By Tatyana Pakhladzhyan, Rare Book Cataloger
Johann Gottlieb Walter, born on July 1, 1734, was a German physician and anatomist. He was born in Königsberg, studied medicine there, and received a medical degree at Frankfurt (Oder) in 1757. Walter continued his study in Berlin under Johann Friedrich Meckel the Elder, who appointed Walter prosector in the anatomical theater of the Medico-surgical College in 1760. After Meckel’s death in 1774, Walter became the college’s first professor of anatomy and obstetrics. He also held the chair of anatomy at Frankfurt University. Walter died in Berlin on January 4, 1818.1
In 1783, Walter’s Latin-language Tabulae nervorum thoracis et abdominis was published in Berlin. He had reputedly dissected more than 8,000 cadavers, and he maintained a collection of nearly 3,000 anatomical specimens purchased by the King of Prussia for the Anatomical Museum of the University of Berlin.2 Walter’s great skill as a dissector and his ability is well demonstrated in the illustrations of this text.
Walter dedicated this work to William Hunter, John Hunter, and Petrus Camper. William Hunter (1718–1783) was a Scottish anatomist and physician. He was a leading teacher of anatomy, who guided and trained his more famous brother, John (1728-1793), one of the most distinguished scientists and surgeons of his day. The Hunterian Society, founded in 1819, was named in John’s honor, and the Hunterian Museum at the Royal College of Surgeons of England preserves his name and his collection of anatomical specimens. Petrus Camper (1722–1789) was a Dutch physician and anatomist interested in comparative anatomy and paleontology; he also invented the measure of the facial angle. Camper was also a sculptor and a patron of art.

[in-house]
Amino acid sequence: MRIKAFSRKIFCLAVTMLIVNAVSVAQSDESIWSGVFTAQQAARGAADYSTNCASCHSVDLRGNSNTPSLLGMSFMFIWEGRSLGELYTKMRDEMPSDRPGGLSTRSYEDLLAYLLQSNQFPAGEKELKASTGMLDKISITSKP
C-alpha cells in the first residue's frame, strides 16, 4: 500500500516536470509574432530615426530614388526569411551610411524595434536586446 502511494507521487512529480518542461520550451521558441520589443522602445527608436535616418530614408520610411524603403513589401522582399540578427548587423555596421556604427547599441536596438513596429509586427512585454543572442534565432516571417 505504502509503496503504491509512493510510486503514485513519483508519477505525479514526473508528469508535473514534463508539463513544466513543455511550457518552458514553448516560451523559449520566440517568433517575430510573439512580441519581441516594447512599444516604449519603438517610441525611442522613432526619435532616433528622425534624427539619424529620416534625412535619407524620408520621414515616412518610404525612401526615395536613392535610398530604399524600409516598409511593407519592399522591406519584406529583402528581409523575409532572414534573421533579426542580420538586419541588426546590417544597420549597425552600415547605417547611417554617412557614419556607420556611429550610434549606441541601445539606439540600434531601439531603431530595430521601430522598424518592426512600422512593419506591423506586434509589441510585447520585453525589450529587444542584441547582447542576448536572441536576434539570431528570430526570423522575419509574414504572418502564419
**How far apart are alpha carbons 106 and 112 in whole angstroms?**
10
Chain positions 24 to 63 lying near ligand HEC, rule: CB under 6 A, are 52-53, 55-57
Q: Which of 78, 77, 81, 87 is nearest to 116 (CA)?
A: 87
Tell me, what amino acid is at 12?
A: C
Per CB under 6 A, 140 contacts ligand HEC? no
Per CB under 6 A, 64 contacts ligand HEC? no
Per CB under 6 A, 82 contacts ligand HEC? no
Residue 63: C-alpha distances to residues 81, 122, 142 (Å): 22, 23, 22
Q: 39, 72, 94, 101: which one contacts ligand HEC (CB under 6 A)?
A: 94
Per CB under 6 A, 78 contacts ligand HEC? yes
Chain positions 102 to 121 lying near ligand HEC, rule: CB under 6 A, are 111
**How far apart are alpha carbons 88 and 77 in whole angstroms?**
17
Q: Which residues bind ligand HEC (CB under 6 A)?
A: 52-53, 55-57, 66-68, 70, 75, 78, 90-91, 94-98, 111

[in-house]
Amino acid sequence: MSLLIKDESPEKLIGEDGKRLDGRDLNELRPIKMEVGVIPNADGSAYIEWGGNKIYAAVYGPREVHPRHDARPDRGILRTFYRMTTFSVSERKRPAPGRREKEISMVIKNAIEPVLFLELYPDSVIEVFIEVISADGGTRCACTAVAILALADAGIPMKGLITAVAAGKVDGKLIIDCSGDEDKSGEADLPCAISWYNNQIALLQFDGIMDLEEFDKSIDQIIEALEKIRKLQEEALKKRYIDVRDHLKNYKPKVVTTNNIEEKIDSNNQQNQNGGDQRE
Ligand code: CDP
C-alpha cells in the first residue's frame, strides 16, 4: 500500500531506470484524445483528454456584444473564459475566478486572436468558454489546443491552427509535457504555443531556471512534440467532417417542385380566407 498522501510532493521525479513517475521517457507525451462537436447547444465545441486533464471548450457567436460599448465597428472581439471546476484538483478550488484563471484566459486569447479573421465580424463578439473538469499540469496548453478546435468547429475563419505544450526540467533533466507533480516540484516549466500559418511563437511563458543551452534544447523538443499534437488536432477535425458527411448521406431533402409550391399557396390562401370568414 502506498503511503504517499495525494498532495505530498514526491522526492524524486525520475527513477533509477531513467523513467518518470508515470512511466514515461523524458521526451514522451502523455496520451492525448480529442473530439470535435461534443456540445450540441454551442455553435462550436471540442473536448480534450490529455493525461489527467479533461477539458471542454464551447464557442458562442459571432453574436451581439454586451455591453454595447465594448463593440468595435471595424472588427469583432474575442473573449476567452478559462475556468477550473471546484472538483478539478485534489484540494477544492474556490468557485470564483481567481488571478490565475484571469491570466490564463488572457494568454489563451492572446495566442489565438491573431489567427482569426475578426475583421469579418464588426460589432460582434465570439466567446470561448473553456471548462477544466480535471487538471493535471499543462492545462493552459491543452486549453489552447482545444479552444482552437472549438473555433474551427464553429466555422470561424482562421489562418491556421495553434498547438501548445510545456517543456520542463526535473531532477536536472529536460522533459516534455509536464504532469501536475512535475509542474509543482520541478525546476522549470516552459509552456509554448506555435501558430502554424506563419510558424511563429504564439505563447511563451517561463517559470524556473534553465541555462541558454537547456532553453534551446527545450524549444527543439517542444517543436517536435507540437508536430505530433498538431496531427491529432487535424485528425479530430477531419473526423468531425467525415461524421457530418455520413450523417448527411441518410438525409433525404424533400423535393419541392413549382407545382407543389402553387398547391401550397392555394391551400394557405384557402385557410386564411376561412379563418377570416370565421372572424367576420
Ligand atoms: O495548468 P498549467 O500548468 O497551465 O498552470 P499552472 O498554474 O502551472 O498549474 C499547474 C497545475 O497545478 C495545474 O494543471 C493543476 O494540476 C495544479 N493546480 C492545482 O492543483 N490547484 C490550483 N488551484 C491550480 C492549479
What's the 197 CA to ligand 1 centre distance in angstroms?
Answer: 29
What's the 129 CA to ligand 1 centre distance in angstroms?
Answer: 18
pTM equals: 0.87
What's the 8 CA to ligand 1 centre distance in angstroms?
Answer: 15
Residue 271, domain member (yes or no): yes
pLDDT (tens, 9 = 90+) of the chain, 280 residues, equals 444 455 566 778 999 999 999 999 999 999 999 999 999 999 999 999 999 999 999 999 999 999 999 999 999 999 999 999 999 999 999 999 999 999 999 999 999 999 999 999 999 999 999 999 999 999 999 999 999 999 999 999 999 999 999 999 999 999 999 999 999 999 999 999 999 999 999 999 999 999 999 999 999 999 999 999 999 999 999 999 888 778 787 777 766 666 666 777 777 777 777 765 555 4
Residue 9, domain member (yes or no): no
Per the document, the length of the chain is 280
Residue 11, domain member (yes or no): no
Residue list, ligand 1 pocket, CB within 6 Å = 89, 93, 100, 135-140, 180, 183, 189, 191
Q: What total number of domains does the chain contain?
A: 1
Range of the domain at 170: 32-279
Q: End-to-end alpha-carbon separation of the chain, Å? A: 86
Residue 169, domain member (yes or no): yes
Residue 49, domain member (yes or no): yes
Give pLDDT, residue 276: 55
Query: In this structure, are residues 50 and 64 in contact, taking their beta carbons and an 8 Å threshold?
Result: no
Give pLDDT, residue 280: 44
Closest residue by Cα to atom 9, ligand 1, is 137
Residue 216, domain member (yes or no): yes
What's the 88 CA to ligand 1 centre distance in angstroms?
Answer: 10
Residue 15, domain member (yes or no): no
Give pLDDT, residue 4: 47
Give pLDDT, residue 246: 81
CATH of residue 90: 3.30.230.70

This book contains four numbered plates depicting the nervous system of the thorax and abdomen, each accompanied by an outline drawing. All plates are signed by “I.B.G. Hoppfer, ad nat. delin” and “I.H. Meil, sculp.” “Ad nat. delin” indicates that Hoppfer drew from nature, while “sculp.,” or sculptor, would today mean “engraver.” Plates I-II are dated 1777; plates III- IV were completed in 1778.
An English-language translation of Walters’s Tabulae was published in 1804, entitled Plates of the Thoracic and Abdominal Nerves, reduced from the original as published by order of the Royal Academy of Sciences at Berlin. The NYAM library owns this English translation as well.
The 2014 New York State Discretionary Grant for the Conservation and Preservation of Library Research Materials funded the conservation and rehousing of 24 oversize 19th-century German illustrated medical atlases, including Johannis Gottlieb Walter Tabulae nervorum thoracis et abdominis. Although all of the atlas volumes were represented in the library’s card catalog, they had not been entered into NYAM’s online catalog prior to the grant’s completion.
2. Bibliographic note in NYAM’s copy of Tabulae nervorum thoracis et abdominis.